Judge Bybee and Professor Yoo (the authors) do the work of hack advocates and find some justification for everything that is presented to them. No lines are drawn, no attempt is made to say 'thus far and no further.' No principles either are invoked.
Between its sodden phrases the authors strip away the humanity of their victims. I know what good lawyering is and what bad lawyering is. The worst lawyering is like this - totally in bad faith.

The authors must know, but refuse to admit, what torture is, and why it is illegal: Torture is the deliberate application of physical and psychological pain in order to break the will to resist. The goal of the torture is not sadistic - application of pain for its own sake, as the authors of the memo pretend - but the goal is to use pain of all kinds to render the victim in such an animal state of despair that he will do whatever is requested of him. This has been chronicled and explored in numerous books about the Gulag, and torture in Argentina and Chile. This illegal and immoral goal is PRECISELY what the CIA torturers and the Torture Memo authors intended.

The best thing that can happen now is that a consensus develop that this is evil and must never happen again. Real justice would condemn Bush, Rumsfeld, and these lawyers to prison for life, but the judgment of history will suffice.

The Law Talking Guy said...

If I ever meet Judge Bybee or Professor Yoo, I cannot be expected to be civil. These men deserve nothing but contempt. They are traitors, plain and simple.

Raised By Republicans said...

Yes, it is absolute VITAL that the American people see exactly what the Bush people meant when they tossed around euphemisms like "enhanced interrogation techniques." So many conservatives just take for granted that people like Cheney can be trusted not to "torture" if they say they aren't doing it. This memo will shock a lot of people who scoffed at critics in the past.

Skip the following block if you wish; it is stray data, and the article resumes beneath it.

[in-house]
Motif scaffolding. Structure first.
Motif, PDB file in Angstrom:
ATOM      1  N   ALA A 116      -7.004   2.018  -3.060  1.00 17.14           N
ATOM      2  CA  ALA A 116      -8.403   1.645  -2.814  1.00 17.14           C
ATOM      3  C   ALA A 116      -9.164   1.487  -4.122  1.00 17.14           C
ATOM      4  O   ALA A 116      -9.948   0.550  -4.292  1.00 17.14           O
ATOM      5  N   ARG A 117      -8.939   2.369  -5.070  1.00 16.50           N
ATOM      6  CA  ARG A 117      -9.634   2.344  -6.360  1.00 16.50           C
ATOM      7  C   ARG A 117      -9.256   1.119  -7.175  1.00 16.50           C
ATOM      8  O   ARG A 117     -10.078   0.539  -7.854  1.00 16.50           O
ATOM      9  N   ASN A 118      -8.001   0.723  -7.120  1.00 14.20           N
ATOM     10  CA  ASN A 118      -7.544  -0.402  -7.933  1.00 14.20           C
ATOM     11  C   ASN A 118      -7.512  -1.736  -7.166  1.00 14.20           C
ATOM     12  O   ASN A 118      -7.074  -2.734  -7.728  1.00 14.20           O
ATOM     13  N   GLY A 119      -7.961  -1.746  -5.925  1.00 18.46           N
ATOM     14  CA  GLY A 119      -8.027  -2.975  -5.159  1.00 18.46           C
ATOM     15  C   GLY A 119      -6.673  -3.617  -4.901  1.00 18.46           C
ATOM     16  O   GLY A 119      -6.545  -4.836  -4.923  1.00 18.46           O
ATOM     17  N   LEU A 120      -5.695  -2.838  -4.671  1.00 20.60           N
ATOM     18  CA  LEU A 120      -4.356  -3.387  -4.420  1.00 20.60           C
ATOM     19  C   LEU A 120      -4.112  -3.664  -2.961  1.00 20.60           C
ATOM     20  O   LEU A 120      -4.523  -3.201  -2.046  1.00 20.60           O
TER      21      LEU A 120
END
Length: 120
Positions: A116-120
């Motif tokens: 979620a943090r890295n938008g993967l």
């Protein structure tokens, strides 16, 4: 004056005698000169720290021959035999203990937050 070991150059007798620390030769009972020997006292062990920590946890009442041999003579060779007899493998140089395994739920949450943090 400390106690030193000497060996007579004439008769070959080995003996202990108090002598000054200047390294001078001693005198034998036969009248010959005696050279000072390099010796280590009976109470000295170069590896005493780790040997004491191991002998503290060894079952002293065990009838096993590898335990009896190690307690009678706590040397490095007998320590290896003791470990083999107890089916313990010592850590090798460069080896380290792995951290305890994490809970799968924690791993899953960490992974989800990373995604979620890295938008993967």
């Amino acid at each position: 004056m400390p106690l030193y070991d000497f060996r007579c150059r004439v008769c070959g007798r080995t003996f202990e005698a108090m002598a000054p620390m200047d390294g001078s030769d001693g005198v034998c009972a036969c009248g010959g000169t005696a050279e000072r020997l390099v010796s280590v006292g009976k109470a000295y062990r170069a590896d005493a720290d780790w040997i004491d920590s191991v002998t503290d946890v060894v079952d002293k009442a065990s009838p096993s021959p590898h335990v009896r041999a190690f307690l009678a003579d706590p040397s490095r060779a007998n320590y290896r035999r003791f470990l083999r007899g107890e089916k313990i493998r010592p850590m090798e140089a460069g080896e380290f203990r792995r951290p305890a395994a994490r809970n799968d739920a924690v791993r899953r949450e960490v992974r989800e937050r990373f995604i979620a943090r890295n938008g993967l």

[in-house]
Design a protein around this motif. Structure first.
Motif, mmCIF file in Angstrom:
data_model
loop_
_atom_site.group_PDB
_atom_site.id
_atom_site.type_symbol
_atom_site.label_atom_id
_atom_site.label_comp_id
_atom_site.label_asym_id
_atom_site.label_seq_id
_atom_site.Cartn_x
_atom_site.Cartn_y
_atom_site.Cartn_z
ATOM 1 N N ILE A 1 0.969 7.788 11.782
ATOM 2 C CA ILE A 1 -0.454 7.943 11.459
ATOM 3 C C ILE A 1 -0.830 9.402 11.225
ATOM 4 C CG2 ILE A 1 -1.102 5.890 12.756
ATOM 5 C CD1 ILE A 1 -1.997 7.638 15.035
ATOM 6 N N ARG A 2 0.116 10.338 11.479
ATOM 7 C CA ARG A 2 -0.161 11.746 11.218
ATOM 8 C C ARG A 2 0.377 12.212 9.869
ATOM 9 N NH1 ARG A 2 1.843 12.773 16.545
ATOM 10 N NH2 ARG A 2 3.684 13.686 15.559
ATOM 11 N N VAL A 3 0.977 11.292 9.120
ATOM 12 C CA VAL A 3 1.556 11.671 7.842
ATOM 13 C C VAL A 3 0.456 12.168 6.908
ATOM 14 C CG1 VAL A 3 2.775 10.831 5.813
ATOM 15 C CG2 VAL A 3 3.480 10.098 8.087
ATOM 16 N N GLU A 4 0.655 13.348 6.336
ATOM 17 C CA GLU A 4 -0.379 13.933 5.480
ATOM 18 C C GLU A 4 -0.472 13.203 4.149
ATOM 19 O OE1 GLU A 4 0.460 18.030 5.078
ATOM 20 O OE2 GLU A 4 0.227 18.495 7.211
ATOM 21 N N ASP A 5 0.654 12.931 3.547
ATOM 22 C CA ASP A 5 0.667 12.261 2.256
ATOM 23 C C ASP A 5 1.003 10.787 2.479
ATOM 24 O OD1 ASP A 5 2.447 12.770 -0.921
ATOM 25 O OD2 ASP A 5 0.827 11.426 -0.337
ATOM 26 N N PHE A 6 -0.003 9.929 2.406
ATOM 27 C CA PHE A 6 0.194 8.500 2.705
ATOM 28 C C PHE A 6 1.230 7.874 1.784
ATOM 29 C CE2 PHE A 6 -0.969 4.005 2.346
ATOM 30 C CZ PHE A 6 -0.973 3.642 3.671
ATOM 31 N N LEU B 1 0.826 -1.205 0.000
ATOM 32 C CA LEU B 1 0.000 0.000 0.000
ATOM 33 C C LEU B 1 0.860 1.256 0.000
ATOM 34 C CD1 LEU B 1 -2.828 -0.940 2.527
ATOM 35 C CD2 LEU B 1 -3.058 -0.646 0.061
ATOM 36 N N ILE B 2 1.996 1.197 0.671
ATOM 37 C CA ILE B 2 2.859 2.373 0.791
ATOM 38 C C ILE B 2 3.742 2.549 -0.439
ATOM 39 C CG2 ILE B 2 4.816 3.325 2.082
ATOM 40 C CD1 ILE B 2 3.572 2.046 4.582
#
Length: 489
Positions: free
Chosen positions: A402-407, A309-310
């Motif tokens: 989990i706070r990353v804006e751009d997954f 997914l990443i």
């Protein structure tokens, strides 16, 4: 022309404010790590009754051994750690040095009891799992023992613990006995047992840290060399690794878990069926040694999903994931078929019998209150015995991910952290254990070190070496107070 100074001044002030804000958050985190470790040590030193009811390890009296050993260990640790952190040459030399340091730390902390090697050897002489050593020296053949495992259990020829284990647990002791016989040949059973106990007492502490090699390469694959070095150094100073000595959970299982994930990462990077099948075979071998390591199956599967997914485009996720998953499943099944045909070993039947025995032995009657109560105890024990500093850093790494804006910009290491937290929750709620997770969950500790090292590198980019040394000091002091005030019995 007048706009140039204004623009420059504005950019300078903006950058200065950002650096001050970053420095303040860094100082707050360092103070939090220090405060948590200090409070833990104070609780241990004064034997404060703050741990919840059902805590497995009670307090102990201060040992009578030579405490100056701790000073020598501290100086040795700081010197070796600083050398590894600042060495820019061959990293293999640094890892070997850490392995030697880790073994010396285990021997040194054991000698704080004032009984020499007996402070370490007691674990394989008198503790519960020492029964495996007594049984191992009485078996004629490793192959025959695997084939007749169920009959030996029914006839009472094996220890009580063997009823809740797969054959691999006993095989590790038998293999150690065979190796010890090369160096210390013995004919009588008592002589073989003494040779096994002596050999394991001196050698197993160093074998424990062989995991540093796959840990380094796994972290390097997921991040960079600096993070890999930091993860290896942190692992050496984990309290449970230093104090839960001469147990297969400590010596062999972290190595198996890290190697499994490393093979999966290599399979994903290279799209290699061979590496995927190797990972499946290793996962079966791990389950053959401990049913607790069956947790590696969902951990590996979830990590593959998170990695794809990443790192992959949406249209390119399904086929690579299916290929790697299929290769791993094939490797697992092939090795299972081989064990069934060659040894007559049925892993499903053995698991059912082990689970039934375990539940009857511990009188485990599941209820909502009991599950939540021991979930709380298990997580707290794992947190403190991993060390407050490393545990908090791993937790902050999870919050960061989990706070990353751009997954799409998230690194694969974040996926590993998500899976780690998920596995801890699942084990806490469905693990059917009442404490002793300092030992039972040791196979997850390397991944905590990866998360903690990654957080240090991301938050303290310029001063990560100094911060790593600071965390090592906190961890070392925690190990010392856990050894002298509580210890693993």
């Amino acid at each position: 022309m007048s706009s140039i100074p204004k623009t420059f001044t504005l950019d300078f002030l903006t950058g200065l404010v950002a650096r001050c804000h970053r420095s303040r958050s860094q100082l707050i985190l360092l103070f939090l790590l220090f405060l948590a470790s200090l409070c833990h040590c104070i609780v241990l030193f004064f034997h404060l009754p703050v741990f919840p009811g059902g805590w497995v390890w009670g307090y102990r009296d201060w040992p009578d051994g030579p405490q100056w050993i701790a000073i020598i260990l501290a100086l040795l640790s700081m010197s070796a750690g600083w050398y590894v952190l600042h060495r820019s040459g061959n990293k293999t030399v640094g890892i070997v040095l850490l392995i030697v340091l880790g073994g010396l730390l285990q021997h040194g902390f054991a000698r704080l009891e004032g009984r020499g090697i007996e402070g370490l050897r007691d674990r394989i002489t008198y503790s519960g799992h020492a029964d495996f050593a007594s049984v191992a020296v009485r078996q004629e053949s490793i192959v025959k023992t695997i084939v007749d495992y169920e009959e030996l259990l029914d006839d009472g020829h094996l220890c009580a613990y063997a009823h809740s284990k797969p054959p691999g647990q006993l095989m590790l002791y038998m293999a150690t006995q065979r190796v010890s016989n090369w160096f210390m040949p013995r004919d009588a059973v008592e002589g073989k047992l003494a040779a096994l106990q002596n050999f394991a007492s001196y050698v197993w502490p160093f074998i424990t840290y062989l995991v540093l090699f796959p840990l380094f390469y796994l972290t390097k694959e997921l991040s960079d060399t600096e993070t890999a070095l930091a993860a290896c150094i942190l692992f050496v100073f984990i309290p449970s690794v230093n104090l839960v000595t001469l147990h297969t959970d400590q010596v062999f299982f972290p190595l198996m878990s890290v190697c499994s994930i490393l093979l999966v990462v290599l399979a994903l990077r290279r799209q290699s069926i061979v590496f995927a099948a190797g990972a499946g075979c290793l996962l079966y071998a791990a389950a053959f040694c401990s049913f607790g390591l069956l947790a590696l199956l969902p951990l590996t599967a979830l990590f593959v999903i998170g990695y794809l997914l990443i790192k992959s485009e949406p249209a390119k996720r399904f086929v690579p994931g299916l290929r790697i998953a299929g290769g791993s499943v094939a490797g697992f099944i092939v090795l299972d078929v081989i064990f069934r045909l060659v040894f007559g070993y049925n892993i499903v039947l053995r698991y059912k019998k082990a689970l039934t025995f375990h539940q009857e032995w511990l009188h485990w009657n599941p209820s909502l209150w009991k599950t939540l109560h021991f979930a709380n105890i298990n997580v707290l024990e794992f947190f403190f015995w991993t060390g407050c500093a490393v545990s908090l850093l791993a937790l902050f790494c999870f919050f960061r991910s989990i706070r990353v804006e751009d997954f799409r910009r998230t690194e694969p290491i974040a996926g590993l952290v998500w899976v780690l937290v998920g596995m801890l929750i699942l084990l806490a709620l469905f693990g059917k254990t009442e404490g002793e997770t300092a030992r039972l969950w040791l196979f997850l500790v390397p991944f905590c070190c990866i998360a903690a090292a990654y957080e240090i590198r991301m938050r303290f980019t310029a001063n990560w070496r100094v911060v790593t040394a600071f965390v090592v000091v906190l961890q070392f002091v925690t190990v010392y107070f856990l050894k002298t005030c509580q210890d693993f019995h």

Combined with the Bush administration's disregard for warrants and due process, these memos are tantamount to a complete suspension of democracy.

Another thing that is so outrageous is that when I looked up water boarding online I found references to two cases where US Army personnel were court martialed and convicted for doing exactly this. One officer was court martialed and convicted in a highly publicized case in the Philippines following the Spanish American War. Another soldier was discharged for participating - with a South Vietnamese soldier - in the water boarding of a North Vietnamese soldier. So the idea that this is OK in times of war is in direct contradiction of 100 years of precedent in US military law.

Pombat, I have bad news for you- though I doubt it's really news or surprising. It turns out that MI-5 and MI-6 may have been doing this too. British authorities are doing their own investigations of that (and good for them for doing it!).

I sincerely hope that Gordon Brown's government will be capable of being completely open about possible cases of torture under the Blair government.

As with the US, the use of these techniques by British authorities is a major break with their own laws and precedents. Following the investigation of "Operation Demetrious" in the 1970s in Northern Ireland, it was found that a number of illegal interrogation techniques were used against nearly 2000 suspected Irish nationalists (the list compiled by MI-5) who were detained without charge or due process.

In the case the European Court of Human Rights brought against the UK because of this case, they specifically mentioned a number of the same "techniques" mentioned in the Bybee memos - including wall standing, sleep deprivation and withholding food and water. In response to this case and their own investigations it had been the official policy of the British government NOT to do these things. But according to the Guardian article (link pasted above), it appears that MI-5 was cooperating with the CIA in going against the laws and traditions of BOTH countries. It seems the British were even doing the Bush/Cheney/CIA "rendition" trick of taking someone to a nasty little Arab dictatorship to have them tortured.

Pombat said...

Oh, I know :-(

And unfortunately, the Brown gov't isn't going to be open about what the Blair gov't did - they're too entwined, being effectively the same gov't with a different PM - there's no way to spin this well for them. A new gov't though, which I guess means Tory PM, could release it all, and hopefully will (from the grumblings I've heard, the election - whenever it happens - is the Tory's to lose, as people are fed up with Labour).

Spotted Handfish said...